By what factor does the drag force on a car increase as its velocity increases from 65.0 kilometers per hour to 110 kilometers per hour?
In this exercise, we want to solve for the ratio of the drag force at the higher speed to the drag force at the lower speed. We’ll call the drag force at the higher speed 𝐹 sub 𝑑𝐻 and the drag force at the lower speed 𝐹 sub 𝑑𝐿. It’s their ratio that we want to solve for.
As we begin, let’s recall a relationship between drag force and velocity. The drag force that acts on an object is proportional to the square of that object’s velocity. In our scenario, we have a higher velocity, we’ll call it 𝑣 sub ℎ, of 110 kilometers per hour and a lower velocity, we’ll call 𝑣 sub 𝑙, of 65.0 kilometers per hour. By the relationship between drag force and velocity, we can see that 𝐹 sub 𝑑𝐻 in our scenario is proportional to 𝑣 sub ℎ squared, and that 𝐹 sub 𝑑𝐿 is proportional to 𝑣 sub 𝑙 squared. If we divide the proportionality for the higher value by the proportionality for the lower value, then we see that the drag force will increase by a factor of the velocity at the higher speed to the velocity at the lower speed squared. In other words, 𝐹 sub 𝑑𝐻 divided by 𝐹 sub 𝑑𝐿 is equal to 𝑣 sub ℎ divided by 𝑣 sub 𝑙 quantity squared.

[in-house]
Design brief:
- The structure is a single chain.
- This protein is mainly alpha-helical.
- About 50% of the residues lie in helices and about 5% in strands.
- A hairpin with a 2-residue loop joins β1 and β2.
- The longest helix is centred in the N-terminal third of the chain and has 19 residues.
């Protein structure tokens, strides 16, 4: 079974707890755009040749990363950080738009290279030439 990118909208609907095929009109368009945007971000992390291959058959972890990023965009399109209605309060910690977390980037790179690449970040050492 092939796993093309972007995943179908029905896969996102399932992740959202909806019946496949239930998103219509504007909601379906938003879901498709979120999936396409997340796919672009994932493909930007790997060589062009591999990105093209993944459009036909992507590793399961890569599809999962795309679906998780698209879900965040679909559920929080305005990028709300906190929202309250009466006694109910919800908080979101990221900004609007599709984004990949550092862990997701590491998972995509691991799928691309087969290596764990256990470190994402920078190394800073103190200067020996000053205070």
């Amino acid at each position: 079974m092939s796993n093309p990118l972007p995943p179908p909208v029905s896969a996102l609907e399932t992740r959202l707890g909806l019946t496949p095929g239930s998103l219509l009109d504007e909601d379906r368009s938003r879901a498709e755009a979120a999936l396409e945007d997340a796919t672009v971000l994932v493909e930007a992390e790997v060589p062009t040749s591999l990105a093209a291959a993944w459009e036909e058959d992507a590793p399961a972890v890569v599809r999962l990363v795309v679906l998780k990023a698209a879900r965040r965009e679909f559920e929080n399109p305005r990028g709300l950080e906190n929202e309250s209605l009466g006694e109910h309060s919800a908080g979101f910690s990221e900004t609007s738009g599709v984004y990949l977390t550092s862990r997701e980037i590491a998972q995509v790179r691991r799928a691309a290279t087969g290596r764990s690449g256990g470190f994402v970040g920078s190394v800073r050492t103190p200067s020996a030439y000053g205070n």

We can now insert the given values for these two velocities. 110 kilometers per hour divided by 65.0 kilometers per hour quantity squared is equal to 2.86. That’s the factor by which the drag force increases as the velocity increases.